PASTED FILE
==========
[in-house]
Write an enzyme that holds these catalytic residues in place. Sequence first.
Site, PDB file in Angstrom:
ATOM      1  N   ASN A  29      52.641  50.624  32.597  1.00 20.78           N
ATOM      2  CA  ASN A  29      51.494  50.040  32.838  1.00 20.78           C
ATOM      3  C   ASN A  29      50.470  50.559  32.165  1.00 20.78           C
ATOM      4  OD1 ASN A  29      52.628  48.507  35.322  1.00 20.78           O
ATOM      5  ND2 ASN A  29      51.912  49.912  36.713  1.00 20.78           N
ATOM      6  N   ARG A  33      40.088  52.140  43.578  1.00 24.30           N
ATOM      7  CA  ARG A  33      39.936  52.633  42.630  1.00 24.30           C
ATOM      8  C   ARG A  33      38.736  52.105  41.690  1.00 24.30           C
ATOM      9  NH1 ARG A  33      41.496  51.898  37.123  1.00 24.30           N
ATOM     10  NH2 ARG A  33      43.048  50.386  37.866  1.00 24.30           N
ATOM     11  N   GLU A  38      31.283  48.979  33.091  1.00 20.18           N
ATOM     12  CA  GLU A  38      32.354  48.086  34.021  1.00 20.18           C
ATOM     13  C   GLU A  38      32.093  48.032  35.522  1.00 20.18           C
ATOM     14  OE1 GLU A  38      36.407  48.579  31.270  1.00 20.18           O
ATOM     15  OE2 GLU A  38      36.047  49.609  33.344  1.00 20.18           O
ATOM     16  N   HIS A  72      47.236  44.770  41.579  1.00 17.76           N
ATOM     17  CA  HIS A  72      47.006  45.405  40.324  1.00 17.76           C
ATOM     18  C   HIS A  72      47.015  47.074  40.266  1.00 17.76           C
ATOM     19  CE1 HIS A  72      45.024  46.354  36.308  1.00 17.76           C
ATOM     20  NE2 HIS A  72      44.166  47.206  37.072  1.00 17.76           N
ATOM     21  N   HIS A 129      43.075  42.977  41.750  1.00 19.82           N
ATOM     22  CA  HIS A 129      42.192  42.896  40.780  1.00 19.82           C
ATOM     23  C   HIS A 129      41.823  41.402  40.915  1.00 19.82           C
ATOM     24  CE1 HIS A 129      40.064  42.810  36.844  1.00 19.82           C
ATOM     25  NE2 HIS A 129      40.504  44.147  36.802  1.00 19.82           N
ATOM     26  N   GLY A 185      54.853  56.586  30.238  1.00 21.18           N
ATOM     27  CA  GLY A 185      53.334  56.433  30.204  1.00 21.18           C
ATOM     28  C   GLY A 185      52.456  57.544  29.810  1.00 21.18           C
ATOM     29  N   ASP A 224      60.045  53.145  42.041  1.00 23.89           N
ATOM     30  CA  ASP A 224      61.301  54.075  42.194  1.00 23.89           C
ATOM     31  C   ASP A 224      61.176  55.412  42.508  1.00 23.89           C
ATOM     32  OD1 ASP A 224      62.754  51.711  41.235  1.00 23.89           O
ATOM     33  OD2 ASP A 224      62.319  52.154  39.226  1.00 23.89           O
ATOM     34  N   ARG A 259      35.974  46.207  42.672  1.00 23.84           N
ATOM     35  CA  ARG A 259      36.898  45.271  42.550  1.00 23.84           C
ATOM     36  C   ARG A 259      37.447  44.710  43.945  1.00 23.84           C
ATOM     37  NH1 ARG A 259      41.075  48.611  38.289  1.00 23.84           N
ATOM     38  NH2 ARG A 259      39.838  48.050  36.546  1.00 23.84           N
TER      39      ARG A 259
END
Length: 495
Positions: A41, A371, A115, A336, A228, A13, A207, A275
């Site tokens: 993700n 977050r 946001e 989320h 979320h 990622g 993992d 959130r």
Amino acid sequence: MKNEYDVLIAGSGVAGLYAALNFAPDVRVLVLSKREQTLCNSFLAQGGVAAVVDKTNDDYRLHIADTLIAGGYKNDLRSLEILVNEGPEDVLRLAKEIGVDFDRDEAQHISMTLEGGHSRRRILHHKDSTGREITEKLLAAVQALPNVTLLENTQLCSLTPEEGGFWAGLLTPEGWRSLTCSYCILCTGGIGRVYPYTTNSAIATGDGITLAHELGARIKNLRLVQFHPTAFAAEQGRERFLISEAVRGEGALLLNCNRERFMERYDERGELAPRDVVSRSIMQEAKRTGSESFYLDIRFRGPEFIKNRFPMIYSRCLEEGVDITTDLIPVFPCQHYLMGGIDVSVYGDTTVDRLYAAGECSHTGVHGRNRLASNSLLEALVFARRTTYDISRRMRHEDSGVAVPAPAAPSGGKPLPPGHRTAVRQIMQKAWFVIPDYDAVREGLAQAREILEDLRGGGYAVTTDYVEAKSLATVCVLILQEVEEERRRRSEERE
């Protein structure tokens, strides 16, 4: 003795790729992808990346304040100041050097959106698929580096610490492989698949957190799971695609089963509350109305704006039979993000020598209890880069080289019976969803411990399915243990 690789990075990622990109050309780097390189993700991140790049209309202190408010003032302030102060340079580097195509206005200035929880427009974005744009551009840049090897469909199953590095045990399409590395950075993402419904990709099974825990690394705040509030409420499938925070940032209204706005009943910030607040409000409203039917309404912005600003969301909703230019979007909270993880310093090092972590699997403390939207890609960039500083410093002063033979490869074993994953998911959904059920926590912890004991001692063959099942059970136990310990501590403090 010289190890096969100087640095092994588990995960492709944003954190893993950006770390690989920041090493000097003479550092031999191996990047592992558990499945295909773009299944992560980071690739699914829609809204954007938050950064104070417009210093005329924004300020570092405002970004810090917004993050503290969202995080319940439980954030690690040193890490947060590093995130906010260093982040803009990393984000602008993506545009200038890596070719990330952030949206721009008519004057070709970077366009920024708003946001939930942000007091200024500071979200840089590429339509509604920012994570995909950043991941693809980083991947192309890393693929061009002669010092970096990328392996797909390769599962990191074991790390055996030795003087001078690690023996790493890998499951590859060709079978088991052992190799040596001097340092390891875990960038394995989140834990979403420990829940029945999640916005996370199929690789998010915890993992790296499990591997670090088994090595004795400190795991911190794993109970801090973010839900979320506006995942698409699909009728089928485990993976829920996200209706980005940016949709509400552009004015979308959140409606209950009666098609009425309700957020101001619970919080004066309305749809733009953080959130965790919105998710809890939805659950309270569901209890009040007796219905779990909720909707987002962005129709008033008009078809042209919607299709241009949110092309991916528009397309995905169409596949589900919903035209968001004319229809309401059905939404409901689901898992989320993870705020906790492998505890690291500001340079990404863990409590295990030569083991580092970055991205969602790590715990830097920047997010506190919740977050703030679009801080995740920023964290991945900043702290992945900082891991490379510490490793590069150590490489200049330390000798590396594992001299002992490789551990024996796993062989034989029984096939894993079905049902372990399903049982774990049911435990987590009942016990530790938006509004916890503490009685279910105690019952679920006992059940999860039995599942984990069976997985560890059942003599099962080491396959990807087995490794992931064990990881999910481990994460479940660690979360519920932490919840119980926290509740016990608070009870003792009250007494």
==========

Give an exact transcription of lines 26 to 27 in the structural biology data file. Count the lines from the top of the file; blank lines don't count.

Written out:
ATOM     23  C   HIS A 129      41.823  41.402  40.915  1.00 19.82           C
ATOM     24  CE1 HIS A 129      40.064  42.810  36.844  1.00 19.82           C